Control: How it Plays on Different GPUs

More than 3 years after the release of Quantum Break, critically acclaimed studio Remedy Entertainment returns with another powered-up narrative shooter (but this time with shades of Metroidvania) for the paranormal experience of Control.

Just like Remedy have experimented to improve their narrative quality game after game, so have they strive to push the border in terms of rendering techniques and graphical fidelity. But what does that mean in terms of performance for people who don't have the latest or greatest graphics cards? What can you expect from a last-generation GPU? Can you still play the game comfortably?

Let's take a look at a series of test scenarios.

Specifications
SettingsResults (during combat)
AMD Ryzen 5 3400G + Vega 11 + 8GBRender Resolution: 720p Lowest Settings30 FPS 
AMD Ryzen 5 3400G + GTX 1050 + 16GBRender Resolution: 720p Lowest Settings + Medium Textures60 FPS
Render Resolution: 1080p Lowest Settings45 FPS
AMD Ryzen 5 3400G + GTX 1060 + 16GBRender Resolution: 720p Medium Settings60 FPS
Render Resolution: 1080p Lowest Settings + Medium Reflections60 FPS
AMD Ryzen 5 3400G + GTX 1080 + 16GBRender Resolution: 720p High Settings60 FPS
Render Resolution: 1080p Medium Settings60 FPS

Playing Control with AMD Vega Integrated Graphics

Regrettably at the moments it seems that a bug prevents Control from starting on integrated Intel HD GPUs. I tried the game on two laptops: a Xiaomi Mi Notebook Pro with a i5-8250U quad-core CPU configured to use its integrated UHD Graphics 620 and 8 GB of RAM and a Dell XPS 13 9360 from 2017 with an Intel Core i7-8550U, Intel UHD Graphics 620 and 8GB of RAM. On both cases the game would boot into the menu using the latest driver but would crash back to desktop when trying to load any game chapter at any setting.

The Ryzen 5 3400G APU comes paired with the Vega 11 integrated GPU which boast the title of being the most powerful integrated GPU currently available.

I paired it with 8 GB of 3000 MHz dual-channel DDR4 RAM for this test, as well the auto-overclock feature enabled for the GPU.

Control is a very GPU intensive game, even while static, and its combat tends to get flashy, with a large number of particles, effects, and environmental elements breaking into pieces. The game uses what seems like temporal scaling to reconstruct an image from a lower resolution, so you can render the game at a lower, more attainable resolution and reconstruct it on the full output resolution with surprisingly good effects.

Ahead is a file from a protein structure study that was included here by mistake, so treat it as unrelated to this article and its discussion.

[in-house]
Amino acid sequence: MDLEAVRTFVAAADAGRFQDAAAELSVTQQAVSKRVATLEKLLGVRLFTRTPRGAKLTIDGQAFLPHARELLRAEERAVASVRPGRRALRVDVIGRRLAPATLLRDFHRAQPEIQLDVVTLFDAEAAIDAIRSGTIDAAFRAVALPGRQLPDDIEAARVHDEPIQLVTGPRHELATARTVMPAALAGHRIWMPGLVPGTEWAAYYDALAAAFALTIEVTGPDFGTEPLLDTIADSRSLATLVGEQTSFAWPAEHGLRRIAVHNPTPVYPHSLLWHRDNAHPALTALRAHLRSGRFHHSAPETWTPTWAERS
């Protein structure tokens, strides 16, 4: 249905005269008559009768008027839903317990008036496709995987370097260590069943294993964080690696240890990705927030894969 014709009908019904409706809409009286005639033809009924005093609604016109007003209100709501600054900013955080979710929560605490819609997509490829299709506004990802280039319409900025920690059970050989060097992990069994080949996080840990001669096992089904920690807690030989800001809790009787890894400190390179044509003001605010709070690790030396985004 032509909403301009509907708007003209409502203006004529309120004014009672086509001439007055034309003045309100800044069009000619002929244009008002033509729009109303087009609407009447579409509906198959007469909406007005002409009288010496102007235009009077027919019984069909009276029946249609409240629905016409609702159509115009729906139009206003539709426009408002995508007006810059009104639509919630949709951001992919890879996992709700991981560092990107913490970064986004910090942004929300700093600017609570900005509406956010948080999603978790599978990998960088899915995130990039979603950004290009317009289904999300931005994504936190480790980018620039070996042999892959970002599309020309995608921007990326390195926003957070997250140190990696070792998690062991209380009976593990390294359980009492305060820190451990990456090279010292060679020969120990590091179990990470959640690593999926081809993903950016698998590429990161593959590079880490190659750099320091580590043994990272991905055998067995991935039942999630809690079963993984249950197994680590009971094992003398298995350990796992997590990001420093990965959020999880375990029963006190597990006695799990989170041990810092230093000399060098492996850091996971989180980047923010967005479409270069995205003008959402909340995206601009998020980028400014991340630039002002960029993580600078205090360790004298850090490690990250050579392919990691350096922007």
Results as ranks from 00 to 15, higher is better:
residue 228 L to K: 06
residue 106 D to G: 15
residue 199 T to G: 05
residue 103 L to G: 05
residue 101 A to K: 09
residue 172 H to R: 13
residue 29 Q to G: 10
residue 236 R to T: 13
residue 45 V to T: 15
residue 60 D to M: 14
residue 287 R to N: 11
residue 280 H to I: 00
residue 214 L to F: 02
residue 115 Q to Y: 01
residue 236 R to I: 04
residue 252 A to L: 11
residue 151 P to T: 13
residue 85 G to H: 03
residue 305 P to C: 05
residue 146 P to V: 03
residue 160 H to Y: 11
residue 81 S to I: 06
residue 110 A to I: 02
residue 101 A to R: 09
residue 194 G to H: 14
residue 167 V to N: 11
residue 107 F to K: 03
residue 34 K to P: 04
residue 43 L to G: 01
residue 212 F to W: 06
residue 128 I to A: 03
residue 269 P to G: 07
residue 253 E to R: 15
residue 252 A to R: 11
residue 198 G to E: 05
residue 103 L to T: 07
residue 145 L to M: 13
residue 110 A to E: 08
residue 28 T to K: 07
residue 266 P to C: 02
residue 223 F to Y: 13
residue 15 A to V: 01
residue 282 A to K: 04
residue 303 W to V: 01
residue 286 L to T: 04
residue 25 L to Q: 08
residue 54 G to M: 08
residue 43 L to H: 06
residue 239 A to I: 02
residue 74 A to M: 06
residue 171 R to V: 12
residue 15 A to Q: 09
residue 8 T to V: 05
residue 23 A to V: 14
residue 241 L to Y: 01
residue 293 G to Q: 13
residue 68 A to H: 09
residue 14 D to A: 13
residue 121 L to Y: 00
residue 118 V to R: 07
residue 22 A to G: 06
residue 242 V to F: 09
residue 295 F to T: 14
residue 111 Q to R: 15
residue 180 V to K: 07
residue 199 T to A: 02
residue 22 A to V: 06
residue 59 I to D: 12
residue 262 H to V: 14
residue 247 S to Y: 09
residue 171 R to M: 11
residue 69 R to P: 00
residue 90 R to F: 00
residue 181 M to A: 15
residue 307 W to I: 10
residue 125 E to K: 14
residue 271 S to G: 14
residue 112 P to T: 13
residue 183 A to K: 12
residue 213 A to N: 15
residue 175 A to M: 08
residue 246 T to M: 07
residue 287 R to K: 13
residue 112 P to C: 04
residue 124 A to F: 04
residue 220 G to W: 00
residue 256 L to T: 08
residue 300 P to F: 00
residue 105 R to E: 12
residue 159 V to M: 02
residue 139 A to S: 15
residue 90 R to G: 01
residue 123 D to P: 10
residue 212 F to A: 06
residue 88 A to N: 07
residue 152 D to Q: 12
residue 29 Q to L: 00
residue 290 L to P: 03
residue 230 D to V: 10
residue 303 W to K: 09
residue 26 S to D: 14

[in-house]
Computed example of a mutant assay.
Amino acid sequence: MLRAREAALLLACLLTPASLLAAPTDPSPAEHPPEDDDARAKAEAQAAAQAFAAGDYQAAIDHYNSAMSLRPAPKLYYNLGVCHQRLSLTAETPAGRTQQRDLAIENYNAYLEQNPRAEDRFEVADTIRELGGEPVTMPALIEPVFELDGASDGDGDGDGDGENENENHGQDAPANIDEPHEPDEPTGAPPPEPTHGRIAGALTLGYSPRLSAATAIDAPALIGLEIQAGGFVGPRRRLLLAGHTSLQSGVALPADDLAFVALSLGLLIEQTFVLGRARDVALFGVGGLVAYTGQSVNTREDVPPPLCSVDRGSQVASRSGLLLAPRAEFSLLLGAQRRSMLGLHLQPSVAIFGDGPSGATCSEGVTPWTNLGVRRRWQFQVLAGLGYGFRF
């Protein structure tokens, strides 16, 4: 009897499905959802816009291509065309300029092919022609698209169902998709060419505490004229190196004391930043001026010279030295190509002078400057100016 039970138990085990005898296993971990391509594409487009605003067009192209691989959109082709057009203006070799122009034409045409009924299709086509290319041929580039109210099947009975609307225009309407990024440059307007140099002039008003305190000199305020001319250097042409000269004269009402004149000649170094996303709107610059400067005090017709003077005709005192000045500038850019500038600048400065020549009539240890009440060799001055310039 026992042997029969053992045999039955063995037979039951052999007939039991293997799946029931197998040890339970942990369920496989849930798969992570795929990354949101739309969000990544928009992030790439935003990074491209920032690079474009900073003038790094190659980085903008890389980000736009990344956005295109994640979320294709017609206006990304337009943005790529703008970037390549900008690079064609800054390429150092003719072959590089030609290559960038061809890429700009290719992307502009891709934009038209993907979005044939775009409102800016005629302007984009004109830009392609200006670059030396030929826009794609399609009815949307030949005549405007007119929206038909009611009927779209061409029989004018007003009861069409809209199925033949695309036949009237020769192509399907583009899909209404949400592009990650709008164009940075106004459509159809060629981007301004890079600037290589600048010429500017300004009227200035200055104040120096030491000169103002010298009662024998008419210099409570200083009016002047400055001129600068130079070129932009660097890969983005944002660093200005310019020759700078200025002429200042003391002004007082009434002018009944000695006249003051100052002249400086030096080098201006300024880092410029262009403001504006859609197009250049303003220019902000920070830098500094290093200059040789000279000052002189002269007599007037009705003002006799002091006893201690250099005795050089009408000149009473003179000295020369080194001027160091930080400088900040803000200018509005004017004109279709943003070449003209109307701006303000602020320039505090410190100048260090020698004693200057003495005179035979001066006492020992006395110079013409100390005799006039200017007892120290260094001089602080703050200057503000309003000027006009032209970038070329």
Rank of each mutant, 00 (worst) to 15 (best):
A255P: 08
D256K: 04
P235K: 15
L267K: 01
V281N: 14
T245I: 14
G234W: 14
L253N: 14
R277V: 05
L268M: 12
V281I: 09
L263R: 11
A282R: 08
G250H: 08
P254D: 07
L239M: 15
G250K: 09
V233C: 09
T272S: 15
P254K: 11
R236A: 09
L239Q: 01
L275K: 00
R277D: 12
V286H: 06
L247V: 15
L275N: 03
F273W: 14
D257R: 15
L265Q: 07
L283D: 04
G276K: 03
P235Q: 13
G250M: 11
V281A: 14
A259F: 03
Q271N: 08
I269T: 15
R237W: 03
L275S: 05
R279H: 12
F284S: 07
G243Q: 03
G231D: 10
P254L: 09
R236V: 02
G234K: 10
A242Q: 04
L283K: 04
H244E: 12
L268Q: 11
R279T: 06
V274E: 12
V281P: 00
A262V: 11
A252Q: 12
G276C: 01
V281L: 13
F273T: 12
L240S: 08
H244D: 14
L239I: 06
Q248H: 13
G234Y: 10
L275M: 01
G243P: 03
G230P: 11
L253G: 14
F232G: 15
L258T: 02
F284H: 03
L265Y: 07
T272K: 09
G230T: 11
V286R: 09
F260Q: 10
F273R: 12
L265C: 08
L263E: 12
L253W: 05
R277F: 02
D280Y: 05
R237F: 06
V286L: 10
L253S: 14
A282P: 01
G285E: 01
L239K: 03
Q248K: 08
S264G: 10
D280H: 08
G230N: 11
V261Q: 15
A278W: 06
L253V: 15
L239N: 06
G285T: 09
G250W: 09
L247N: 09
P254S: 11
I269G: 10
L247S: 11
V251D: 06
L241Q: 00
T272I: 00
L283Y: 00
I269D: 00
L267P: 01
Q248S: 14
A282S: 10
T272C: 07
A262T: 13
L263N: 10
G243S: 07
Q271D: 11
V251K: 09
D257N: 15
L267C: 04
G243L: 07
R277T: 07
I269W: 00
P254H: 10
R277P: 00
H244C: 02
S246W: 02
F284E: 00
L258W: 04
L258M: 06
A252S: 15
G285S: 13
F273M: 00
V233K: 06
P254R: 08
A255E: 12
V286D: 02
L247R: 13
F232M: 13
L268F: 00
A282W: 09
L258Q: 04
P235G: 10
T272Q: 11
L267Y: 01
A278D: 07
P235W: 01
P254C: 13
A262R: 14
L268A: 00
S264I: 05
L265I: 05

For reference, using this scaling, the game renders at between 720p and 900p on base consoles while targeting 30 FPS at around medium settings (which some consoles struggle to maintain in some of the biggest fights).

With Render Resolution down to 720p and lowest settings I got into the heaviest fight I have encountered in the game so far and I was surprised when I noticed those worst moments would not dip under 34 FPS. The game remained playable at all times.

The upscaling from 720p actually looks impressively good, but one cannot ask much visually from the lowest settings which only have very-basic, baked-in shadows and reflections. Everything looks a bit like a console game from half a decade ago.

Still, the gameplay is fantastic and preserved in all its glory, so this performance on a Vega iGPU is definitely a win. Let's upgrade this PC a bit and see what we can get.

Playing Control with GTX 1050 Graphics

With a RAM upgrade to 16 GB and a GTX 1050, this PC is now closer to what a lot of people would consider an entry-level Gaming PC. What can we expect?

If you are aiming for as close as 60 FPS vsync as you can, your best best is to remain on 720p and use the extra space (and access to proper VRAM) to raise Texture Resolution, Texture Filtering and Shadow resolution. If better resolution is a must, you can increase render resolution to 1080p while remaining on lowest settings.